And then I had the chance to present to Marnie a small, decorative, counter top plaque that said “There’s no place like hope.” It was amazing how the cheery yellow and blue colors were exactly matching to the décor in Marnie’s rec room. Amazing synchronistic coincidence! The story behind that plaque goes back to several other connections in my life. That plaque was given to me several years ago as a gift from Nancy Martin who was an ACC survivor I had met when she had come from to for neutron radiation. It was something that I have kept right next to my computer all these years. I saw this as an opportunity to “pay it forward” and continue to spread the encouragement and thanks to Marnie who has been so meaningful in my life.
The other connection with this plaque was that at our very first NW get together in back in 2001, Marnie Tamaki, the mother of Danara Stewart who had ACC, had brought a ceramic plate for each of us that had that same message, “There’s no place like hope.” I had taken that ceramic plate with me to the first ACC get together in a year later, and had presented it to Prudence Jackson as a way of thanking her for her stupendous efforts in starting the ACCOI support group. So both of these Marnies in my life have a strong connection with ACC, and in a very similar way have been a link to the message of hope.
On the back of that plaque was a quote I read to our group that really says what I experienced during my few days in I think we can all gain something from keeping this quote in front of us as we move forward in the days ahead to work together to find a cure for this disease, and support each other in our individual challenges…. As I read it to the group and then presented it to Marnie, my emotions of my 10 years of dealing with ACC came to the surface, and I began to cry, and Marnie and I shared some tears and a hug with some very deep mutual feelings of gratitude.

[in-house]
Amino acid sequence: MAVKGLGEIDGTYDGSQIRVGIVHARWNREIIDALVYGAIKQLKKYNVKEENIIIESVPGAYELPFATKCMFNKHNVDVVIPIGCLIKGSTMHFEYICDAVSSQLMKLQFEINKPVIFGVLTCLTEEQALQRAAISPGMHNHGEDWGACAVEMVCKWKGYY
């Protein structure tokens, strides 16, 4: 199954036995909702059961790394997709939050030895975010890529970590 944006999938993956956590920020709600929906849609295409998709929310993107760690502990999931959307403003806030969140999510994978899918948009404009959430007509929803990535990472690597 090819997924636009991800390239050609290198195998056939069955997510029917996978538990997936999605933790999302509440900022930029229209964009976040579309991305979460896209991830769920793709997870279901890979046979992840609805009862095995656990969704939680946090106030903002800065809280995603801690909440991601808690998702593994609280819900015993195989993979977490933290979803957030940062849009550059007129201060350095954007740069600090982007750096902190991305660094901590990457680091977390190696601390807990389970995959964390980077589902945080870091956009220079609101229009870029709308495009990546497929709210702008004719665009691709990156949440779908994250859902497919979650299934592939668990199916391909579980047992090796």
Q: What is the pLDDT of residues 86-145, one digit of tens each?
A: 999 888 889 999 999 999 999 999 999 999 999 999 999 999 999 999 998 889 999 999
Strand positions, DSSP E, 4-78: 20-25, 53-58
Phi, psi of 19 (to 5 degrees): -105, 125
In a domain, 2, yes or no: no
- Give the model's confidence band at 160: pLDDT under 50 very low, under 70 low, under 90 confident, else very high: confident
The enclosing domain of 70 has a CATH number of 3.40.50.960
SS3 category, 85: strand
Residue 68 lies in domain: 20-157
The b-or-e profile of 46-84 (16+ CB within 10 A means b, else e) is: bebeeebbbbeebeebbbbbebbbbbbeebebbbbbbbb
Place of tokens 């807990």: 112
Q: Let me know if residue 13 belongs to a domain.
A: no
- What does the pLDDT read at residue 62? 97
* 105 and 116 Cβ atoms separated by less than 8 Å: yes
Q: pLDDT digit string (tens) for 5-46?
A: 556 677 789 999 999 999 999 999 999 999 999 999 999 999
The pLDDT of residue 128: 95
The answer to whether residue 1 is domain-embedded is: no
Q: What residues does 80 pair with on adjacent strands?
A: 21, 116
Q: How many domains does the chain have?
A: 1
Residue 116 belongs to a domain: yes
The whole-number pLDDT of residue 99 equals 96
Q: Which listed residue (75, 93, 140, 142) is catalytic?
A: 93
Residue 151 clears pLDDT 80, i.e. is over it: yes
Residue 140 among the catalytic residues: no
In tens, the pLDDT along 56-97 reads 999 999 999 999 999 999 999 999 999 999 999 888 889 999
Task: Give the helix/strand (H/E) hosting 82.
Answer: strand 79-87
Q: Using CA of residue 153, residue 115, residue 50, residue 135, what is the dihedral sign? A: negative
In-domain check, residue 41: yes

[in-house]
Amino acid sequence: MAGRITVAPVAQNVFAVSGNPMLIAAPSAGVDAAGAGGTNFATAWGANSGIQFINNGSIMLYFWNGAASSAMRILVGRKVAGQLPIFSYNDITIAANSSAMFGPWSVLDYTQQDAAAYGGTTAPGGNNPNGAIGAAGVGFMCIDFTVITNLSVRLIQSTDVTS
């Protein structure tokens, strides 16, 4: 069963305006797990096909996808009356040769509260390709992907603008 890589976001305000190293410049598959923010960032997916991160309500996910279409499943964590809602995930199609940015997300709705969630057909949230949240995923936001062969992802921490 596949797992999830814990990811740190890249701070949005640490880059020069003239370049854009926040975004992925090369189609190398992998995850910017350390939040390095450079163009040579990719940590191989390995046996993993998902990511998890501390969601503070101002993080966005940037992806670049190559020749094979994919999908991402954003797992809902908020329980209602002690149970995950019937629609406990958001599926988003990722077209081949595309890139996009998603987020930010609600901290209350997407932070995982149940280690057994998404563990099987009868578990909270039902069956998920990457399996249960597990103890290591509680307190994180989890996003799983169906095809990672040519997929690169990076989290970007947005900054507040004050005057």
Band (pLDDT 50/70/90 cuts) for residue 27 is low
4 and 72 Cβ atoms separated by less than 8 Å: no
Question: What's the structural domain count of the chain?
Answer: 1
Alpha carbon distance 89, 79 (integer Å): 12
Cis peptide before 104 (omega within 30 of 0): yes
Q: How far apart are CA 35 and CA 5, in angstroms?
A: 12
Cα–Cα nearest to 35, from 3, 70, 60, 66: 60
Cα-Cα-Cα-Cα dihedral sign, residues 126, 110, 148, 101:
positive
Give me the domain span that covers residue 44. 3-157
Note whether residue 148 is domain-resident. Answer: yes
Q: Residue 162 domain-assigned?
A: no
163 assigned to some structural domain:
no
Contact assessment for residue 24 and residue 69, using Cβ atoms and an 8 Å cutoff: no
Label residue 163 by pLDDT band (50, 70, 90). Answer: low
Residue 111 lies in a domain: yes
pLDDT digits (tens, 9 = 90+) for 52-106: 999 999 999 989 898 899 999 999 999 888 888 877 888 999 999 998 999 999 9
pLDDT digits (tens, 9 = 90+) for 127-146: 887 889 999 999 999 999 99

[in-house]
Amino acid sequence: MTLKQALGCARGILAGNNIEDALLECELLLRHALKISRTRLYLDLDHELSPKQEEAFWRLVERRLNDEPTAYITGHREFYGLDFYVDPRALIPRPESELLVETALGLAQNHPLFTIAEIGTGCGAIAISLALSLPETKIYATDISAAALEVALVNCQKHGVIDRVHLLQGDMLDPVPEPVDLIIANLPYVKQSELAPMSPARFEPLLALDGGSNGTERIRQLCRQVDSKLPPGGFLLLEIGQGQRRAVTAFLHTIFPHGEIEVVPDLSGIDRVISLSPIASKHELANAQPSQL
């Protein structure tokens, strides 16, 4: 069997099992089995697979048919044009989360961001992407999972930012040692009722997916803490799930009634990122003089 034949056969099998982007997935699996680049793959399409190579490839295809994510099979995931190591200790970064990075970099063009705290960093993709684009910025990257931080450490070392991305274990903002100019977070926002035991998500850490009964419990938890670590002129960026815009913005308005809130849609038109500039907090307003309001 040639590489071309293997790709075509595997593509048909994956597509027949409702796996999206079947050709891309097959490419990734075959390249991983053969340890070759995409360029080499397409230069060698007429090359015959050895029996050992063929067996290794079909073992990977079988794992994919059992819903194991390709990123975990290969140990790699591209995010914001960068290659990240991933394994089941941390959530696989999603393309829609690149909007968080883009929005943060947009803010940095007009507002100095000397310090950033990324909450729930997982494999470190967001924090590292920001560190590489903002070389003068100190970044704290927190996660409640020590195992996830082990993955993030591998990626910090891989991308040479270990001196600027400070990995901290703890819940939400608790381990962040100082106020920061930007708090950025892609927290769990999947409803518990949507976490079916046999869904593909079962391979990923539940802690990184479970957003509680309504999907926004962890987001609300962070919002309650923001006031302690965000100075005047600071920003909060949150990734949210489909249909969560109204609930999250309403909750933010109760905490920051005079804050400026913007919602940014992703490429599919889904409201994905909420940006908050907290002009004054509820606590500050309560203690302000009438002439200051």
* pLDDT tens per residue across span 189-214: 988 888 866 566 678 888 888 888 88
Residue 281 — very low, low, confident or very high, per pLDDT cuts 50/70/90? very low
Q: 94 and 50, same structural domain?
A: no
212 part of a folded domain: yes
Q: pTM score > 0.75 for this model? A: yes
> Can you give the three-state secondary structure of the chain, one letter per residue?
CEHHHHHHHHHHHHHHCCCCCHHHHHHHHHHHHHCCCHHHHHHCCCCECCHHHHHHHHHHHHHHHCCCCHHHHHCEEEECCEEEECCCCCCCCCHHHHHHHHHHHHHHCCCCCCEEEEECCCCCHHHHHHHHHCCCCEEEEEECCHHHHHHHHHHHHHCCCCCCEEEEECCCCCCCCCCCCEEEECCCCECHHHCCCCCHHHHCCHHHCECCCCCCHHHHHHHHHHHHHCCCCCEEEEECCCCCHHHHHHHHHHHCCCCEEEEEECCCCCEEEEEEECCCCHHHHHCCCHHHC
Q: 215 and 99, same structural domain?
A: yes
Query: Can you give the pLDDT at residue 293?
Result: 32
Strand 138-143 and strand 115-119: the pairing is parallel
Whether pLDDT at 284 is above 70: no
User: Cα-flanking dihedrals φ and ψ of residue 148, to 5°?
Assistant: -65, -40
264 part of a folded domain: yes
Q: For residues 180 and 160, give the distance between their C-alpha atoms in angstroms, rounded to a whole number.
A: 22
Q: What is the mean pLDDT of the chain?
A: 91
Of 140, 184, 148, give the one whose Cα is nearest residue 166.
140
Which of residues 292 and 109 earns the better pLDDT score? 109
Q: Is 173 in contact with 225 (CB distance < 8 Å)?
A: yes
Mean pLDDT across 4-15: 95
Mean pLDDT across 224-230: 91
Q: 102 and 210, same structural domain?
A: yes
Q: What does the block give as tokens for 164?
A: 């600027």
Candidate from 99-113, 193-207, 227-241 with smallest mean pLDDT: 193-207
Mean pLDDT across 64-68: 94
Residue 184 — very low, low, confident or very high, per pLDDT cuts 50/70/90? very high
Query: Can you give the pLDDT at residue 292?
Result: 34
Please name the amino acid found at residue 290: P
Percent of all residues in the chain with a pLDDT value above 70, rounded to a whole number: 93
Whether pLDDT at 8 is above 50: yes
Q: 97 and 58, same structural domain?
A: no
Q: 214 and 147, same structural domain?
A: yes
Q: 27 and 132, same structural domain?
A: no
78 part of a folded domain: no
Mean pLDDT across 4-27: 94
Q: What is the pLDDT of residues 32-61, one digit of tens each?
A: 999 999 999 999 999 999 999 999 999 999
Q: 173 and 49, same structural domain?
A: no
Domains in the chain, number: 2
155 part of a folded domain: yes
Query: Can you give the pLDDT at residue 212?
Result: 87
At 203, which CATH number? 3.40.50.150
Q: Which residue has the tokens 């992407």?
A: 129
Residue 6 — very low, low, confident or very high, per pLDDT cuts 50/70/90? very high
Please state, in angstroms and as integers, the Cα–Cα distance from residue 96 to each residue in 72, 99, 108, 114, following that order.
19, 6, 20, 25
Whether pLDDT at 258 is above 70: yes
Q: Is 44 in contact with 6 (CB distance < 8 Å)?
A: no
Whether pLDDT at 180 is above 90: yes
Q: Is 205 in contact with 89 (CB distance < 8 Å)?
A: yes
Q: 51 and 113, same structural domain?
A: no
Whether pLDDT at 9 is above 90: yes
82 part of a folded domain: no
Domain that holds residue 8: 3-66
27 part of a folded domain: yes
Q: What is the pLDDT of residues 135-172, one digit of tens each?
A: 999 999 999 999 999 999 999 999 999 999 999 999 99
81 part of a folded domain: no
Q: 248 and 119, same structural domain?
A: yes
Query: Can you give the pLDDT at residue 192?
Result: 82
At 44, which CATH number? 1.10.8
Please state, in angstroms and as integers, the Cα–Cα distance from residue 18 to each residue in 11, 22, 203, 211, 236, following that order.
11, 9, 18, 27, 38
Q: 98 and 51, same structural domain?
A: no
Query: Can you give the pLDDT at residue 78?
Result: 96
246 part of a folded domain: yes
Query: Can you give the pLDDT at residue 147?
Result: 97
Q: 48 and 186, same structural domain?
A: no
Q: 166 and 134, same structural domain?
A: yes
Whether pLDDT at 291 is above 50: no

“The journey has always been about laughing together, loving each other, seeking adventure, believing in our dreams and making a difference… but sometimes we forget.”
We can all get wrapped up in daily life and forget about the really important things addressed in that little quote, but I hope that through events like this gathering we can all be reminded of that little bit of wisdom and apply it in our relationships with each other in the days ahead.
Your friend and fellow survivor,
Thursday, April 10, 2008